A bright, transient event within the sun's chromosphere and corona. Flares produce enhanced emission at radio frequencies and in the ultraviolet and x-ray spectral regions as well. They may also produce increased particle emission, often with ions of cosmic ray energies. Flares usually appear within minutes and fade within an hour. They are localized to small areas (typically <10-3 of the solar disk) and usually occur within solar active regions.
A British nautical term for a sudden gust or squall of wind.
Variation, especially back and forth between successive values in a series of observations; or, variations of data points about a smooth curve passing among them.
1. (United States.) Snow flurry. 2. (Archaic.) A sudden and brief wind squall.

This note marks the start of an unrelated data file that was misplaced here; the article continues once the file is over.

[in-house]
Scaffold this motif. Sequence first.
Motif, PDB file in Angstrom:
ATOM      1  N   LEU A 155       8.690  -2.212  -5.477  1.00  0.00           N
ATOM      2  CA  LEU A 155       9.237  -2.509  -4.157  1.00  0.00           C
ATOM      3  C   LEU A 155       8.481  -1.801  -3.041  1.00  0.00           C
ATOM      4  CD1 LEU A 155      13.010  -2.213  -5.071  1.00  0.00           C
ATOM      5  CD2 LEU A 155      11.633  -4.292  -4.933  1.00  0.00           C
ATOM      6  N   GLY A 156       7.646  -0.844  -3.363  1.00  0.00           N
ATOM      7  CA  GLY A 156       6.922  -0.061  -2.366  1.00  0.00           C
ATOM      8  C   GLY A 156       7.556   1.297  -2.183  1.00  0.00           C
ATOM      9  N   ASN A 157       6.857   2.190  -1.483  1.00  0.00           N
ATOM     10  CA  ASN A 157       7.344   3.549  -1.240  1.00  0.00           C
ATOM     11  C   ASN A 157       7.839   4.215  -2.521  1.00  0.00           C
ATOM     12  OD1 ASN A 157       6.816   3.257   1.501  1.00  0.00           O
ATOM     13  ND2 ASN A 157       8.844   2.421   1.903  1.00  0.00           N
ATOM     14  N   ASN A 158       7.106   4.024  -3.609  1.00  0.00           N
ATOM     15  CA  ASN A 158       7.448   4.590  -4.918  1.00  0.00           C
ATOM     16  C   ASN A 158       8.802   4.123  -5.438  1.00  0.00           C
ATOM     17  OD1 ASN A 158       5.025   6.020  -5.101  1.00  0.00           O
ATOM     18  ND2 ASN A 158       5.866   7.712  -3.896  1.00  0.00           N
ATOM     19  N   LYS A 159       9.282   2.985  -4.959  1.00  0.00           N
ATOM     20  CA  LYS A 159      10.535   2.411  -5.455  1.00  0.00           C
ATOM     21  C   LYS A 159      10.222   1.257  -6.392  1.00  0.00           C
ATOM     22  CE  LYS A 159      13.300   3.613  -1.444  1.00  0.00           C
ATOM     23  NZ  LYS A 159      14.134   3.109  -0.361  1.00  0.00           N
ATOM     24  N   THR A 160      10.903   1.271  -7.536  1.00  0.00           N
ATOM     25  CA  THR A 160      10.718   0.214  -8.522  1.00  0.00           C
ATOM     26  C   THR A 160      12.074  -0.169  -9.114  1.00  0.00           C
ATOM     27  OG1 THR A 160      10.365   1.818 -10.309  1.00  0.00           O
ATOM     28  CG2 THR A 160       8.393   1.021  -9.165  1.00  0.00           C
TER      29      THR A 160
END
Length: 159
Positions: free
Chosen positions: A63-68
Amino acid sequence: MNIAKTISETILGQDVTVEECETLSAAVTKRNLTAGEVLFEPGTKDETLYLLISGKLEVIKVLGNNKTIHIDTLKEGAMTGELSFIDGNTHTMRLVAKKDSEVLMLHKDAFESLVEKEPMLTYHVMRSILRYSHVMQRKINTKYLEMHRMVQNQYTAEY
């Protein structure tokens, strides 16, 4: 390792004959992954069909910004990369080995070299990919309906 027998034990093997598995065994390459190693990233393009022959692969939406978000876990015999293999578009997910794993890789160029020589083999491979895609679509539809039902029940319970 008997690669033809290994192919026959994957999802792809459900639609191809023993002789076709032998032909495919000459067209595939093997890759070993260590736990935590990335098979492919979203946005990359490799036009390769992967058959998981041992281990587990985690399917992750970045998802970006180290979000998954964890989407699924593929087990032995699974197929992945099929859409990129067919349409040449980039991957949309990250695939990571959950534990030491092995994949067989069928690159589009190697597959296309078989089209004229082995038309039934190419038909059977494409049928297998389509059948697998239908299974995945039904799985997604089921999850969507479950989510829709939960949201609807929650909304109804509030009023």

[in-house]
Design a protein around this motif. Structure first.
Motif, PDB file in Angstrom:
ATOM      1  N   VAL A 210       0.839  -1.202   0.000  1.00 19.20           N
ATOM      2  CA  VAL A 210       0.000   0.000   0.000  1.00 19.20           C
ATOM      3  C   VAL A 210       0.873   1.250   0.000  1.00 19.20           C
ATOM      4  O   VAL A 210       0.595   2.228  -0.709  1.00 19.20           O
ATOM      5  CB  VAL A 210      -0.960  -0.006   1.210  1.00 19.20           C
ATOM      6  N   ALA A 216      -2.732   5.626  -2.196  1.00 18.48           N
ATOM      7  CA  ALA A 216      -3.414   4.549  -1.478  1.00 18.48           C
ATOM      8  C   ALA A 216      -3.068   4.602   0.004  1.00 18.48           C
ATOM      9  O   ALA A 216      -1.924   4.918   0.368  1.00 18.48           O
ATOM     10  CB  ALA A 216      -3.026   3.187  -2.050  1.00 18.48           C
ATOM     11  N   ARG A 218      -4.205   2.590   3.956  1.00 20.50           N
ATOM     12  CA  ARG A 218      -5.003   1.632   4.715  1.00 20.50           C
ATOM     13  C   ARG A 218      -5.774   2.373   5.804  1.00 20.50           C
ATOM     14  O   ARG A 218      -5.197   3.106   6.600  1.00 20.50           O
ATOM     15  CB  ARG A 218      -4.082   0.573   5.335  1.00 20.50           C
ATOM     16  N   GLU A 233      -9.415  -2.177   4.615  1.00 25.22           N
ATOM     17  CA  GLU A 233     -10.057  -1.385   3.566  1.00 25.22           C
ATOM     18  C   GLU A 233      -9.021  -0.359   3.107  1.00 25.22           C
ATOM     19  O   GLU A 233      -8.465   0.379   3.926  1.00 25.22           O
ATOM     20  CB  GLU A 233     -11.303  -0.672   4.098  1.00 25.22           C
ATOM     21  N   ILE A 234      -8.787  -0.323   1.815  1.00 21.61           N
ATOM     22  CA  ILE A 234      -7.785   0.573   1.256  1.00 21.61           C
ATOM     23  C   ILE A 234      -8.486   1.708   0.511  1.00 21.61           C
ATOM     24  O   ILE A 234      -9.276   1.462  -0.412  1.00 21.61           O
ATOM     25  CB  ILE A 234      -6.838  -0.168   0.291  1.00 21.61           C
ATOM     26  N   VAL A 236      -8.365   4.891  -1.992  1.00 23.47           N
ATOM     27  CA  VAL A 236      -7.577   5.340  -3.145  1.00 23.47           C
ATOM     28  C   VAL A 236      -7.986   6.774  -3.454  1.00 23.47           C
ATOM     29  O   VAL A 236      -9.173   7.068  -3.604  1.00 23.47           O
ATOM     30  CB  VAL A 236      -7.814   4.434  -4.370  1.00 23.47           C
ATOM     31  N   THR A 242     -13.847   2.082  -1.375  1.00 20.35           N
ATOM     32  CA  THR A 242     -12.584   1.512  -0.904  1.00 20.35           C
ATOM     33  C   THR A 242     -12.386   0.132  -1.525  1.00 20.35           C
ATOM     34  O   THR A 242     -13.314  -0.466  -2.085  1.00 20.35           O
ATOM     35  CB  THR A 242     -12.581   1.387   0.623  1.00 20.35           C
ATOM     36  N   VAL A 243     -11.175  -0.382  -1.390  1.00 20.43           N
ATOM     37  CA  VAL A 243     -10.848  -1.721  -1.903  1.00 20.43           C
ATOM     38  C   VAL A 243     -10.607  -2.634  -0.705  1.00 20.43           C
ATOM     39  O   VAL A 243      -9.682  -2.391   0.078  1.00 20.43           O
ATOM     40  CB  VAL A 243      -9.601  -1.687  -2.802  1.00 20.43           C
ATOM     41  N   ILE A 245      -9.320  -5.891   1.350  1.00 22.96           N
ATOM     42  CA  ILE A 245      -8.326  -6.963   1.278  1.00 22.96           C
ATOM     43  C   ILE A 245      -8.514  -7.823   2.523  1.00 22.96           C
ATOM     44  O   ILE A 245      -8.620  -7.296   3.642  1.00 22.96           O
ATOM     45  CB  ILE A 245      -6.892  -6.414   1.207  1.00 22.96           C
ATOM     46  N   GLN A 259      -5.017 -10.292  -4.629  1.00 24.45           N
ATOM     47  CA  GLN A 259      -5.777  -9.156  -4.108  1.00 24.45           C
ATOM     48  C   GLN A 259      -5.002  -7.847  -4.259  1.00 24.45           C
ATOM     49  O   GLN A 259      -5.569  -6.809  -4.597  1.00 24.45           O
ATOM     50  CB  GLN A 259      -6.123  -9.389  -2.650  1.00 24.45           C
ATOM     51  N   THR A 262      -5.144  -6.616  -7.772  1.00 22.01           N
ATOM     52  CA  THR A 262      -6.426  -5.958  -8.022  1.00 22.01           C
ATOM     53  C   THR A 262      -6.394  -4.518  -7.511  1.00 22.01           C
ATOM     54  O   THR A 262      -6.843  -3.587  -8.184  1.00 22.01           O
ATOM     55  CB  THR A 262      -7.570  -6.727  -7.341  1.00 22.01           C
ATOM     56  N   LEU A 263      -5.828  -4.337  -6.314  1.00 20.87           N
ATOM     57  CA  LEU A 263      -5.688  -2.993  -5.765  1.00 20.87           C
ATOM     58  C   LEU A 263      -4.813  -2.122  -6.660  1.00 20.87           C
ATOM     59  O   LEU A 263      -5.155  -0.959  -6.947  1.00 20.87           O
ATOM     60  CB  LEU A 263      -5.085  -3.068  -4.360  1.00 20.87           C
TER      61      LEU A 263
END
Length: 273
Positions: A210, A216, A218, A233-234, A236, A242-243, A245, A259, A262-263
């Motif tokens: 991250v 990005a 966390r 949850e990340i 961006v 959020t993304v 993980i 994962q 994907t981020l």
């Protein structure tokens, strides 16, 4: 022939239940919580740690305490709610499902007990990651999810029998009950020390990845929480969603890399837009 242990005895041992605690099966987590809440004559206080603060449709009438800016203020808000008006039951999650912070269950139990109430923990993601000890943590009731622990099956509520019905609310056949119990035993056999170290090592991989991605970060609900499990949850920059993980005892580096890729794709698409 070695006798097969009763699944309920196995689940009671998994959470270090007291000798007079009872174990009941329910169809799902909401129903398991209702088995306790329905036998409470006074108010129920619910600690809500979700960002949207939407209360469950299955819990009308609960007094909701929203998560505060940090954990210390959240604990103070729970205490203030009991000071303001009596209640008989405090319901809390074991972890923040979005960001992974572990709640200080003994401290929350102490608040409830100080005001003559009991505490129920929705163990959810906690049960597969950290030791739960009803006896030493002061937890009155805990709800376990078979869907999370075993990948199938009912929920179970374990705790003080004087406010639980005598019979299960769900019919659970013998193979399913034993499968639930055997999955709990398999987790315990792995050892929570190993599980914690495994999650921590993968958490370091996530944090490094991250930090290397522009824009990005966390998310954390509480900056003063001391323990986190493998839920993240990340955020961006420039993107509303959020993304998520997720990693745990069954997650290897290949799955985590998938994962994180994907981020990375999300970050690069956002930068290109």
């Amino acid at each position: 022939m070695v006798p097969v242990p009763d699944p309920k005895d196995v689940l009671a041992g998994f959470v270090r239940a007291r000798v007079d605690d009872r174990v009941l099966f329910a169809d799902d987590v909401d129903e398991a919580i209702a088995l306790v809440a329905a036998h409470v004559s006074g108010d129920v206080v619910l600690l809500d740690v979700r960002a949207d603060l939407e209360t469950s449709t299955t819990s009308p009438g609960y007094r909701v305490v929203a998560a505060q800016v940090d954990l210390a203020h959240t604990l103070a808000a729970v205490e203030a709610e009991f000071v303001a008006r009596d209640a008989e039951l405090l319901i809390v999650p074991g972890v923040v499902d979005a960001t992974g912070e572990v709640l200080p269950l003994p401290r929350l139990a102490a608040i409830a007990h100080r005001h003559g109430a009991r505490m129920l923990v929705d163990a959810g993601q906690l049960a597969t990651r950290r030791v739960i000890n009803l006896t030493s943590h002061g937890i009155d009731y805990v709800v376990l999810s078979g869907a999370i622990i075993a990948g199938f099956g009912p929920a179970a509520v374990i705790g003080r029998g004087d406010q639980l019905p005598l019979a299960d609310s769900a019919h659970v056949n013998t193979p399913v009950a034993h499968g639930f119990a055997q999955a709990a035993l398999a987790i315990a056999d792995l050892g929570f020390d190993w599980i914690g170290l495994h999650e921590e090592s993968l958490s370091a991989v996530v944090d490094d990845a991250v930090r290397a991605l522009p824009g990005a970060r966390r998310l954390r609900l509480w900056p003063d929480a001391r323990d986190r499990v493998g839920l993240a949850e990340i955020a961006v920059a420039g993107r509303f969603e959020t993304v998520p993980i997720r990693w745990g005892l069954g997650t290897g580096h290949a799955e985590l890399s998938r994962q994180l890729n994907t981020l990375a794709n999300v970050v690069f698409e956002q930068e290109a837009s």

1. The rate of flow of some quantity, often used in reference to the flow of some form of energy. See also power. 2. In the field of atmospheric turbulence and boundary layers, often used as a contraction for flux density; namely, the flow of a quantity per unit area per unit time. These fluxes can be defined in two forms: dynamic and kinematic. The dynamic flux of a quantity is the flow of that quantity per unit area per unit time, where often the word dynamic is assumed if it is not explicitly stated. The advantage of a kinematic flux is that it has units that are more easily measured by a conventional meteorological instrument. The units are usually a velocity (m s-1) times a temperature (K), specific humidity (kgwater/kgair), or wind speed (m s-1).